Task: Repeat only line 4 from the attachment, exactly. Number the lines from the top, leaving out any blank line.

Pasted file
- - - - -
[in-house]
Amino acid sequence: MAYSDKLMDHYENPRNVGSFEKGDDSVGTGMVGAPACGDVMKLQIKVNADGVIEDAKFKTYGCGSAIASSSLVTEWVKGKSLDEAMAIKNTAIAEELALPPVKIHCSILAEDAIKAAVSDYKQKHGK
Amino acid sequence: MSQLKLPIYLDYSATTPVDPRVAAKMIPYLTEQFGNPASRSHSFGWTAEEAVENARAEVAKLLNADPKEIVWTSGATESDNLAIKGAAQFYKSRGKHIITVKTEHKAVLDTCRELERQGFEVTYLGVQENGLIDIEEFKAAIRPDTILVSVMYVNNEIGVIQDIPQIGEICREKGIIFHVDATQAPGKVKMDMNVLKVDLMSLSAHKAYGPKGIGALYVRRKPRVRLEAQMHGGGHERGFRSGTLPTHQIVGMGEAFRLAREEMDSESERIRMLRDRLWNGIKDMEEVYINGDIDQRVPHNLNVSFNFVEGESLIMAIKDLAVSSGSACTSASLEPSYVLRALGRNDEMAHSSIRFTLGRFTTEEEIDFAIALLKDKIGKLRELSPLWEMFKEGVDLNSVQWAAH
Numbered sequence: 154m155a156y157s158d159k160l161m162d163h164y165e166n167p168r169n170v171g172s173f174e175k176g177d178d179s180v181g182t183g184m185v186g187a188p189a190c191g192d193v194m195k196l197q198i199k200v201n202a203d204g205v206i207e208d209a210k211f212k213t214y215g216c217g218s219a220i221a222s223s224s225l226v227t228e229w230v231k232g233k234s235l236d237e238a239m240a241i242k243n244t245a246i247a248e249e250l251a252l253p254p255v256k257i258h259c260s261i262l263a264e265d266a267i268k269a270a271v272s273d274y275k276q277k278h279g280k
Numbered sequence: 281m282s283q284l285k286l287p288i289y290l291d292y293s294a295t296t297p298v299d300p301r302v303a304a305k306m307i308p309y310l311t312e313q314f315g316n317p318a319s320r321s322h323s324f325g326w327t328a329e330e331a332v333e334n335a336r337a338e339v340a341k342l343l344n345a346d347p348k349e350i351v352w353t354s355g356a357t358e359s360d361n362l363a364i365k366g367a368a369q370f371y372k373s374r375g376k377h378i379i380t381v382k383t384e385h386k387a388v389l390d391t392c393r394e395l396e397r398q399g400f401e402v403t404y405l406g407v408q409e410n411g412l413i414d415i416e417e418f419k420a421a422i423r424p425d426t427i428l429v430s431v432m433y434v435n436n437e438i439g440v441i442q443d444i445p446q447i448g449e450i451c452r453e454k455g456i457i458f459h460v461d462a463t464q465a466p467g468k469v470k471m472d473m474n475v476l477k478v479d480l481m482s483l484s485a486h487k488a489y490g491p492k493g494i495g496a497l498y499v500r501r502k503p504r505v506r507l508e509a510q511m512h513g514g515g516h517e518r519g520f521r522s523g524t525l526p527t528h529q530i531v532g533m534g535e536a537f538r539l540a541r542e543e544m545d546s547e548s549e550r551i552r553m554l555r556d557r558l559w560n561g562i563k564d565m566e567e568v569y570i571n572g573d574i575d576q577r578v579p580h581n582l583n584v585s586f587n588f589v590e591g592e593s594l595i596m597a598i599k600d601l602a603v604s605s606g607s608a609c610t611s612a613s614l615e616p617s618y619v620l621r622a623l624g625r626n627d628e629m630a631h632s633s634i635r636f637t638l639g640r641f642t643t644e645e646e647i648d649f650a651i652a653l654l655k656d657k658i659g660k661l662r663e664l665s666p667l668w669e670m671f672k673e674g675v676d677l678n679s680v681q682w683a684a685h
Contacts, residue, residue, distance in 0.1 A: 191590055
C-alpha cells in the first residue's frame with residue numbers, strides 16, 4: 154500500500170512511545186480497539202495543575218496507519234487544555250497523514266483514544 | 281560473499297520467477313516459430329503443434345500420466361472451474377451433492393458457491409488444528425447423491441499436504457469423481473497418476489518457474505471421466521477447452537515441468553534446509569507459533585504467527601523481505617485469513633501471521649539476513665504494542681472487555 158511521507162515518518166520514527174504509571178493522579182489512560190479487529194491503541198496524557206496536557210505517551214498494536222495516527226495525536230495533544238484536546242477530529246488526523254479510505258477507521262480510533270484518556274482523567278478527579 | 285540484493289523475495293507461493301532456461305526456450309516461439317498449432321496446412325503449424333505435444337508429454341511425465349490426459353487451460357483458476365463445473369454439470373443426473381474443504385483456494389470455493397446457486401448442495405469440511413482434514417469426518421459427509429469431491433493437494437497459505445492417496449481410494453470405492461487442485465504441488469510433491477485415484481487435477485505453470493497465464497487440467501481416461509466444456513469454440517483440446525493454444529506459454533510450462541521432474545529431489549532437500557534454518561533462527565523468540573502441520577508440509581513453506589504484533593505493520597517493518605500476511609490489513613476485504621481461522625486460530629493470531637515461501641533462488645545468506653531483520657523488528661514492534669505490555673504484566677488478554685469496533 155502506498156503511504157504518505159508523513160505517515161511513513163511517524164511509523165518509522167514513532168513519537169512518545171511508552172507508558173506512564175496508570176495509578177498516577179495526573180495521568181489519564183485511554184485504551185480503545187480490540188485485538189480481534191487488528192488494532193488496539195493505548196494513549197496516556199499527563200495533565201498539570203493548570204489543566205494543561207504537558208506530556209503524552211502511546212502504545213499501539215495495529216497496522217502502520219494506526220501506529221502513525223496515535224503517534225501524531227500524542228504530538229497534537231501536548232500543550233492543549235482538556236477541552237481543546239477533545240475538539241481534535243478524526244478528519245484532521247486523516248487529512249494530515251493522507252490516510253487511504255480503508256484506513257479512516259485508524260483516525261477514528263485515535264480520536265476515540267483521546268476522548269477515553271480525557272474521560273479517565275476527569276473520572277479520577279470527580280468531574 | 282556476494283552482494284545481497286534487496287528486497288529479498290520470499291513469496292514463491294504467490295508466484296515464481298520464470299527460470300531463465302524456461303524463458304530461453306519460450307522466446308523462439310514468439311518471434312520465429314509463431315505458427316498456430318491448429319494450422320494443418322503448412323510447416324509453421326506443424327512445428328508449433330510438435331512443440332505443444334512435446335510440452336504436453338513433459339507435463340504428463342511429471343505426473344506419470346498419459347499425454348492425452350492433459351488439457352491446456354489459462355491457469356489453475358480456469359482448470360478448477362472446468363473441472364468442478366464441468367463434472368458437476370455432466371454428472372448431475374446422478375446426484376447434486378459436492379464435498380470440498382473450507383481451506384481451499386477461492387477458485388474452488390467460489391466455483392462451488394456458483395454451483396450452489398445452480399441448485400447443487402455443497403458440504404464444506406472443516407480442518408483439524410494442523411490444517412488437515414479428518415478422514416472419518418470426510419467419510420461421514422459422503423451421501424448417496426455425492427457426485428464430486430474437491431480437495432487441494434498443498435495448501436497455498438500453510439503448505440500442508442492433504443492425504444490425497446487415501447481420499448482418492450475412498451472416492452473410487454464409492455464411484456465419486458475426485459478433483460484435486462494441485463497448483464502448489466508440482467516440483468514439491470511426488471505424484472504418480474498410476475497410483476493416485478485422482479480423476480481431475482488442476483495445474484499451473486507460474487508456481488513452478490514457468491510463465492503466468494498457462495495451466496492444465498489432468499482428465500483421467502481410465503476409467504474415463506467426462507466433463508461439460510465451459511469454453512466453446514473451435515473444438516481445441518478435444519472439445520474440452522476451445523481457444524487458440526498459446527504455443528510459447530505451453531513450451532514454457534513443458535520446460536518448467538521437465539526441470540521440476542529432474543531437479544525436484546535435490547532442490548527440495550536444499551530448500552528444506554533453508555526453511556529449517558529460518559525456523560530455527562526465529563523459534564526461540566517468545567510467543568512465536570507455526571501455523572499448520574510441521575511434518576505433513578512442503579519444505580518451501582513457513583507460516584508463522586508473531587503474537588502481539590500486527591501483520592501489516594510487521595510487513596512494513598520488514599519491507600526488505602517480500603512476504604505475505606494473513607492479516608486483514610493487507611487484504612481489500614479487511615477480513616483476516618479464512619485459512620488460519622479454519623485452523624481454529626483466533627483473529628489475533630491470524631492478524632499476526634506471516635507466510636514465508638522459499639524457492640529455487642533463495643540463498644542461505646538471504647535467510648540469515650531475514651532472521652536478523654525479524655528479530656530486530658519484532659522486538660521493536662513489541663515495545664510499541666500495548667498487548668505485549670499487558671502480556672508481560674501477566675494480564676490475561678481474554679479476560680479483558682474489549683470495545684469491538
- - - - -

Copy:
Numbered sequence: 154m155a156y157s158d159k160l161m162d163h164y165e166n167p168r169n170v171g172s173f174e175k176g177d178d179s180v181g182t183g184m185v186g187a188p189a190c191g192d193v194m195k196l197q198i199k200v201n202a203d204g205v206i207e208d209a210k211f212k213t214y215g216c217g218s219a220i221a222s223s224s225l226v227t228e229w230v231k232g233k234s235l236d237e238a239m240a241i242k243n244t245a246i247a248e249e250l251a252l253p254p255v256k257i258h259c260s261i262l263a264e265d266a267i268k269a270a271v272s273d274y275k276q277k278h279g280k